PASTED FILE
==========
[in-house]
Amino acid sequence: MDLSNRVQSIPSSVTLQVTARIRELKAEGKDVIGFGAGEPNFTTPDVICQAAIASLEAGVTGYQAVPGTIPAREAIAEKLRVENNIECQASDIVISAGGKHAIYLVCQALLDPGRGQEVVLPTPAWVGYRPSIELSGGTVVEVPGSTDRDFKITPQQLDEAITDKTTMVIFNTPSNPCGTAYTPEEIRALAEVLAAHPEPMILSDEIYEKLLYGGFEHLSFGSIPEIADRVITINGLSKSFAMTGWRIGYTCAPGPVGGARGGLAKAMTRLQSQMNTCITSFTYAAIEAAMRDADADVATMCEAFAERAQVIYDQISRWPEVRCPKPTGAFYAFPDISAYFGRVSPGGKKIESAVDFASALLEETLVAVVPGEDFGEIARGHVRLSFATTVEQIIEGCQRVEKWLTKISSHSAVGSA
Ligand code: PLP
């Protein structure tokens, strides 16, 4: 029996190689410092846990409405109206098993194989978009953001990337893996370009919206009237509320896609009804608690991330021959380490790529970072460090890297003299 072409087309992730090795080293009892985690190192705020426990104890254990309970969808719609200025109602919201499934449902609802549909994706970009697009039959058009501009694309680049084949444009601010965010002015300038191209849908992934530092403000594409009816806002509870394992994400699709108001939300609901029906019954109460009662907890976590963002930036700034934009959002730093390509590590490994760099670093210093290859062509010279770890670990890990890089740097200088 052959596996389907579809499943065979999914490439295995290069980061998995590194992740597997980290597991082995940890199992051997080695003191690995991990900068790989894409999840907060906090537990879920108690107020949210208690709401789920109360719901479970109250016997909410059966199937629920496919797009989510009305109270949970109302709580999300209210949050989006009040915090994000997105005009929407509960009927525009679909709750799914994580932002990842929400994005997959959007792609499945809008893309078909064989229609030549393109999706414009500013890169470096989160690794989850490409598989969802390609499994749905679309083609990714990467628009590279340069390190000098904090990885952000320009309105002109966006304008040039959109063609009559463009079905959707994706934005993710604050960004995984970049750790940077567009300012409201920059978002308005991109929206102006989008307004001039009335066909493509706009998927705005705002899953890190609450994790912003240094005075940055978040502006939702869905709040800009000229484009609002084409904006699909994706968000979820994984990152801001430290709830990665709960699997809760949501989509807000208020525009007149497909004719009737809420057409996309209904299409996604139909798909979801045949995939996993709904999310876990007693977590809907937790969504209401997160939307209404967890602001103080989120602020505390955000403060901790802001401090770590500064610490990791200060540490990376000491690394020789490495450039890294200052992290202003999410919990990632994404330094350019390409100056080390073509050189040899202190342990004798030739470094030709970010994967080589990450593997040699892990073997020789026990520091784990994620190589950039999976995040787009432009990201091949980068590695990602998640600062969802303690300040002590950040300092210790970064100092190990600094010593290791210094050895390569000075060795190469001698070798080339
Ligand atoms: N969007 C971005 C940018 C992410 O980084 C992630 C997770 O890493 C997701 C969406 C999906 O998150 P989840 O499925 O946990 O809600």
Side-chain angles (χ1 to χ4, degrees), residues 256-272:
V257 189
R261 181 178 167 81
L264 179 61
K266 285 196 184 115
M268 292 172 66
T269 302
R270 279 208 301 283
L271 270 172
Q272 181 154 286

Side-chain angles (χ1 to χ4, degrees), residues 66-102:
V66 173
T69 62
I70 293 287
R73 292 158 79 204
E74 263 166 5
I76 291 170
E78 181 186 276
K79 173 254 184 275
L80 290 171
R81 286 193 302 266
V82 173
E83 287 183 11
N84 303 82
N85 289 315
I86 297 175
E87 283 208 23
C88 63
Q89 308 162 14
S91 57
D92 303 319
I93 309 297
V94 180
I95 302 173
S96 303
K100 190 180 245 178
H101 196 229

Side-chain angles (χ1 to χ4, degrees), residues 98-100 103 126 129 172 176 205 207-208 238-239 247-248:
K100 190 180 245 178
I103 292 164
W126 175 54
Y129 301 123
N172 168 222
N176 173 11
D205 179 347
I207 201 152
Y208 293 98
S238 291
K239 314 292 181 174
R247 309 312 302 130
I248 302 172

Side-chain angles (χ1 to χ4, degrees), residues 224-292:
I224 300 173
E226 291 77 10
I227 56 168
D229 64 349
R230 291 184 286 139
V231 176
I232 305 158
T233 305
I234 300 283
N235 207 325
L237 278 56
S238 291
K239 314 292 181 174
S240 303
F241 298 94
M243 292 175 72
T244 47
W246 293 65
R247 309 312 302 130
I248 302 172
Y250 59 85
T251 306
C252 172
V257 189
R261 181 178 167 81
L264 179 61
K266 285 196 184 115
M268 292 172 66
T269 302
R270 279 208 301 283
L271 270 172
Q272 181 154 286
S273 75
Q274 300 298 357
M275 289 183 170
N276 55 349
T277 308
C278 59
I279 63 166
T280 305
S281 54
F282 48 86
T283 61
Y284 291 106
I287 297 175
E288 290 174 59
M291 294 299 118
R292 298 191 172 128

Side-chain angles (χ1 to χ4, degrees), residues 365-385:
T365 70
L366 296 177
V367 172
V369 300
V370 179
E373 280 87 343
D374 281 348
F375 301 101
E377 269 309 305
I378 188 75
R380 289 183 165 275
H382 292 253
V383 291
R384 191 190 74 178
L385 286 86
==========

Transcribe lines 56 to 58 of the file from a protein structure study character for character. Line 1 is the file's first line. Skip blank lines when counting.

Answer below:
I248 302 172

Side-chain angles (χ1 to χ4, degrees), residues 224-292:
I224 300 173